Data breaches seem to have become an almost everyday occurrence.
An effective response can be the difference between a graceful recovery and severe financial, reputational or legal repercussions.
How to survive a data breachBarely a week goes by without hearing of yet another instance of an organisation losing hundreds of thousands of personal records or having its database hacked into. Invariably, these stories make headlines in national news coverage. People directly affected can also expect to receive an email directly from the culpable/targeted organisation as well.
Every new horror story reminds us that it’s vital for any organisation that handles customer data to plan for this type of eventuality. This is not just a computer systems issue – the majority of the 'make or break' data leak moments take place outside the direct control of the IT function.
Even the best defended organisation can fall victim to a data breach. Hopefully, it won’t happen at yours, however here are five steps to take when planning for the worst case scenario.
1. Decide who does what
A data breach is a crisis. And all crisis management policies start with a clear set of statements that spell out:
- Who's in charge – and that nothing happens without that person's approval;
- Who will be in your Three Key Teams (see below);
- What playbooks and other documentation the teams will work to; and
- What time-frames or service level agreements your staff and/or external suppliers are committed to work to.
The goal here is to make sure all actions are deliberate, considered and calculated to minimise the impact of the incident. You don't want your technical responders isolating systems while your communications team is telling the press that everything is returning to normal.
2. Assess the impact of a data breach
It's important to understand how a data breach will impact your organisation – and how much of a hit the organisation can take. So evaluate, for example:
- The effect on productivity if the organisation has to fall back to paper;
- How this may affect its ability to meet its contractual or regulatory requirements; and
- What will happen if no preventative measures are taken.
Gather as much of this information as you can now as this will help you make quicker and better informed decisions – and achieve better outcomes – should you ever need to.
3. Know your regulatory requirementsA whole range of regulatory requirements apply specifically during a data breach. These vary according to the jurisdiction and some may even be contradictory. Take time to familiarise yourself with these and, if necessary, take advice from a specialist in the field.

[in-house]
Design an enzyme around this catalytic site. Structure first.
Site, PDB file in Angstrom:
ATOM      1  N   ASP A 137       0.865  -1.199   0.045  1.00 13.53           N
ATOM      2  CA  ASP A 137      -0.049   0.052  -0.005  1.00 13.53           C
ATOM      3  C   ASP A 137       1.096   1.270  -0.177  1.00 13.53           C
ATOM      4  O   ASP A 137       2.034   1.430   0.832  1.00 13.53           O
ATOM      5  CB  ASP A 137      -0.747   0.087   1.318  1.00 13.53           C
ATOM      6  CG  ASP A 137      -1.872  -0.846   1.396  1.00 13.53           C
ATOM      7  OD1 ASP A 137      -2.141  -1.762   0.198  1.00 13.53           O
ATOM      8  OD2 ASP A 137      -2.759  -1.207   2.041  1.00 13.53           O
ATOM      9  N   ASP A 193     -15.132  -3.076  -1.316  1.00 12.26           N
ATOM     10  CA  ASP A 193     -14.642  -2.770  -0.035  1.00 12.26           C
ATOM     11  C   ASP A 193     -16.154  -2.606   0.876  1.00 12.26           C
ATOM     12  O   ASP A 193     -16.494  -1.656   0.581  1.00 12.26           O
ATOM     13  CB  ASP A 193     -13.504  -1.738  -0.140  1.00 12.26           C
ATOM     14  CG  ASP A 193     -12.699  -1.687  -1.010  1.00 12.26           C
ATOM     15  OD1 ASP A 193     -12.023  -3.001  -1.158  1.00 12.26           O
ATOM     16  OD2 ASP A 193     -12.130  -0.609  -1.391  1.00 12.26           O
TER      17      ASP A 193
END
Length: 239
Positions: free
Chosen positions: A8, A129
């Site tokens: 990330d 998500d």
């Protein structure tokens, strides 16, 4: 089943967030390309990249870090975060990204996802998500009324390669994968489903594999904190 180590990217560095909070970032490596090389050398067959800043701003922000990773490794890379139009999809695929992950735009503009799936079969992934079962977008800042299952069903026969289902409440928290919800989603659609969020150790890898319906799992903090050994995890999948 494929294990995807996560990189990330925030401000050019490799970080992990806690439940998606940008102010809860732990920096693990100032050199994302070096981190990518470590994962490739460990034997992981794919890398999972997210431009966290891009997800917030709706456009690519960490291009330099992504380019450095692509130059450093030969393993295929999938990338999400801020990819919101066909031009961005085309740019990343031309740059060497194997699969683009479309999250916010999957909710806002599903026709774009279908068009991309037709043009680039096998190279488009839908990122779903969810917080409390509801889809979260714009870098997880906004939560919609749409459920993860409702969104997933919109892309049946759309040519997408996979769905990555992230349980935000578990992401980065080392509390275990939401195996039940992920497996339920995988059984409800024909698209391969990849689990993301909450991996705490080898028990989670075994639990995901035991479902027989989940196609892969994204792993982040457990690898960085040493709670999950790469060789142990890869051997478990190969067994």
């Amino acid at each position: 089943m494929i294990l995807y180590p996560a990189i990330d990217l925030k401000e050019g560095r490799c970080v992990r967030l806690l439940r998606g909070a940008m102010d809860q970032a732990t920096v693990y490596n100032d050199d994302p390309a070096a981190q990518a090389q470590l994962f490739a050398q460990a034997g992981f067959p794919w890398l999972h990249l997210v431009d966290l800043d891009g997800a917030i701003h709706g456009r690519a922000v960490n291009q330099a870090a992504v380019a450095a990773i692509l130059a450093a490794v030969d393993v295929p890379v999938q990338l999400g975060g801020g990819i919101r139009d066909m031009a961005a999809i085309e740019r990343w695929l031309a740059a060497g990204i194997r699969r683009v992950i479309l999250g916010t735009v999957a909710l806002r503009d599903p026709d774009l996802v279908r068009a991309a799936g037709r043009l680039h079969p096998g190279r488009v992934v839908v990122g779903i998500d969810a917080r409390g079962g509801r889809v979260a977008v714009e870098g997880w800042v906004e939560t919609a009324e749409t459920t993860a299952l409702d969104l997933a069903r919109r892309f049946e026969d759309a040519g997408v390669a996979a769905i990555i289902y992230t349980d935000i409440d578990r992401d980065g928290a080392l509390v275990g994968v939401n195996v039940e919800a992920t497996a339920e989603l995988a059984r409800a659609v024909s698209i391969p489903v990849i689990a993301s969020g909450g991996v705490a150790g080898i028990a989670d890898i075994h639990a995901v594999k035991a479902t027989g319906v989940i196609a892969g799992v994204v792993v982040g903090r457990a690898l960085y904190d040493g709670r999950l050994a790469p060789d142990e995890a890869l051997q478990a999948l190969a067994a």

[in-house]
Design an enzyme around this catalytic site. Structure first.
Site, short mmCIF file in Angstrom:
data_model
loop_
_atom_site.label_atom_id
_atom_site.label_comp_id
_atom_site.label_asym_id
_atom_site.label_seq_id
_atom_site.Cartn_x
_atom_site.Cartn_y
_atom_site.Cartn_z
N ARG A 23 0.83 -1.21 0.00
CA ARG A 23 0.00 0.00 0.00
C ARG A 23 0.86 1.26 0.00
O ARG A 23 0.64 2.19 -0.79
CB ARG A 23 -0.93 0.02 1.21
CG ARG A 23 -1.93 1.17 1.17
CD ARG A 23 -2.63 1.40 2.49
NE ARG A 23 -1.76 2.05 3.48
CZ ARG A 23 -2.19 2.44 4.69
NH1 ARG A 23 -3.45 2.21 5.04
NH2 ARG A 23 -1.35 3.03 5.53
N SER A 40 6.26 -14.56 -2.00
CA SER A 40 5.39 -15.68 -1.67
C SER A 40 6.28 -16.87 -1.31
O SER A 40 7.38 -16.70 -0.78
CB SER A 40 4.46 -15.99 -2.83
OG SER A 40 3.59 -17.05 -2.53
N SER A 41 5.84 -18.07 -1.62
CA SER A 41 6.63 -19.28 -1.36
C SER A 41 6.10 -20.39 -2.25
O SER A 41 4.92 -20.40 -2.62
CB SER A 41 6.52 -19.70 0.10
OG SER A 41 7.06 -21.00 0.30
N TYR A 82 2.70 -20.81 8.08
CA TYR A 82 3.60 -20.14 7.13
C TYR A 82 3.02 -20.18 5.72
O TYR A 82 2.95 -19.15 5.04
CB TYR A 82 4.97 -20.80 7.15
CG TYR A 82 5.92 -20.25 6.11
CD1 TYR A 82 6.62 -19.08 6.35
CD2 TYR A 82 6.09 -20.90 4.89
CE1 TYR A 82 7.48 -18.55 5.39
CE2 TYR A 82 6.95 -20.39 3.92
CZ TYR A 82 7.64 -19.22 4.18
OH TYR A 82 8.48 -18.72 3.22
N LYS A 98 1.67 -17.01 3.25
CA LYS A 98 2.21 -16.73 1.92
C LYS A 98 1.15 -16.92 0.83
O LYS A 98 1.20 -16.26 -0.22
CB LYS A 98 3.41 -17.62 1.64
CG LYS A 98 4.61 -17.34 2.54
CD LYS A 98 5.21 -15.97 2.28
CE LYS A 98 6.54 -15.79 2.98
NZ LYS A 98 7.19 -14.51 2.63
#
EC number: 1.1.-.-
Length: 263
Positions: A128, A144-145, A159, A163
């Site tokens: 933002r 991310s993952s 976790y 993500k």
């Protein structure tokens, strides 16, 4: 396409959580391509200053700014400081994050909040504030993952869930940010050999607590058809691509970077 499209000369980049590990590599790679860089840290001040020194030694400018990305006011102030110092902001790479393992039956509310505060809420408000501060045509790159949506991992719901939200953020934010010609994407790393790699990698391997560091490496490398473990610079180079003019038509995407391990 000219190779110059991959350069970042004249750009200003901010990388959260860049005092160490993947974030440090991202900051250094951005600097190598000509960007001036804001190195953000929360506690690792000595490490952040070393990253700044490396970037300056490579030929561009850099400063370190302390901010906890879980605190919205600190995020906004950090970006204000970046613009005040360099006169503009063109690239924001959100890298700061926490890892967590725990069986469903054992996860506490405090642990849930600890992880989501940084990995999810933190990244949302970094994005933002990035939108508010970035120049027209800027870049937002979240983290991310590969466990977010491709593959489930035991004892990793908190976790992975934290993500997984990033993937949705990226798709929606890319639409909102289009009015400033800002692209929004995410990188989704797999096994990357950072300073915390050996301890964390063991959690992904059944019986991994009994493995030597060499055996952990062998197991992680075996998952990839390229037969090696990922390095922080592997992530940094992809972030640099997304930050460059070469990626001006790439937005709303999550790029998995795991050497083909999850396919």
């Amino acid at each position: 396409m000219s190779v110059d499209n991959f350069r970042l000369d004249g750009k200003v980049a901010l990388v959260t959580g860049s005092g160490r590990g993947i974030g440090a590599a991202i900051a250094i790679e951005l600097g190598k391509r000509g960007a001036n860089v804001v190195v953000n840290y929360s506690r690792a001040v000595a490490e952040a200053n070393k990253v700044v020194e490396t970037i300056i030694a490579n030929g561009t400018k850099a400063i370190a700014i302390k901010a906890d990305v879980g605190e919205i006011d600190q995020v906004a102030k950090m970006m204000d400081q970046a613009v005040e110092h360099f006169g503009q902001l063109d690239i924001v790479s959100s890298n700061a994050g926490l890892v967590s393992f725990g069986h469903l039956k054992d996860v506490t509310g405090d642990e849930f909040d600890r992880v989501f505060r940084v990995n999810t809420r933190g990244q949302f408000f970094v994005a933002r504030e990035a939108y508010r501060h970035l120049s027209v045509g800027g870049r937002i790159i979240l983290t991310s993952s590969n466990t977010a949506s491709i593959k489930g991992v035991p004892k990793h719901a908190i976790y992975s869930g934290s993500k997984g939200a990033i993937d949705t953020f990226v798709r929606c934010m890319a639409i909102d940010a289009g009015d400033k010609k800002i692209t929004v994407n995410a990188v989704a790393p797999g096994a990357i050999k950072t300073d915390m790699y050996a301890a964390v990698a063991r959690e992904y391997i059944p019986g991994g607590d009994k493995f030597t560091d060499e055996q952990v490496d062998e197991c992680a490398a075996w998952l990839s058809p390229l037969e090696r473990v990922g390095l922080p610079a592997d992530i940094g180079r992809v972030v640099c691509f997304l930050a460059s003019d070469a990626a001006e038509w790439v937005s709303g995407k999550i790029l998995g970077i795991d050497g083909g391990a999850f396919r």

4. Set up your Three Key Teams
Your Three Key Teams can be internal or external, so long as they can work to your agreed protocol and agreed timelines. The three areas are:
- Technical: breach specialists who can:
- Tell you what happened;
- Confirm what you lost and how; and
- Help you to recover impacted systems.
- Legal: specialists in this field who understand your legal requirements and obligations; and
- Communications: all breaches will call for communications management, whether it’s crafting emails to affected customers or preventing your Chief Executive from having a 'Dido Harding moment' on national television. Diana ‘Dido’ Harding was Chief Executive of the Talk Talk Group when, in October 2015, the company was subject to a cyber attack. The personal and banking details of up to four million of the company’s broadband and telephone subscription customers are thought to have been accessed in this attack. In an interview with the BBC, Harding was asked if the stolen data was encrypted. She answered: ‘The awful truth is that I don’t know’. Talk Talk’s share price nosedived.
5. Write it down and practice
The value in any plan is its ease of execution. The best crisis management plan in the world is utterly useless if it's locked in a drawer and never read. Ensure then, that everyone involved in your data breach plan maintains a fresh familiarity with it. Ideally, your Three Key Teams should be able to follow plans and playbooks while half asleep.
There’s no real substitute for practice, so schedule regular scenarios that simulate what might happen – and the more realistic the better.
Data breaches are increasingly common in large organisations. So, while prevention is better than cure, it’s also crucial to have an actionable plan for dealing with a breach. Centre this around your Three Key Teams – technical, legal and communications – and schedule regular practice scenarios to keep all relevant people familiar with their roles in the event of a data breach.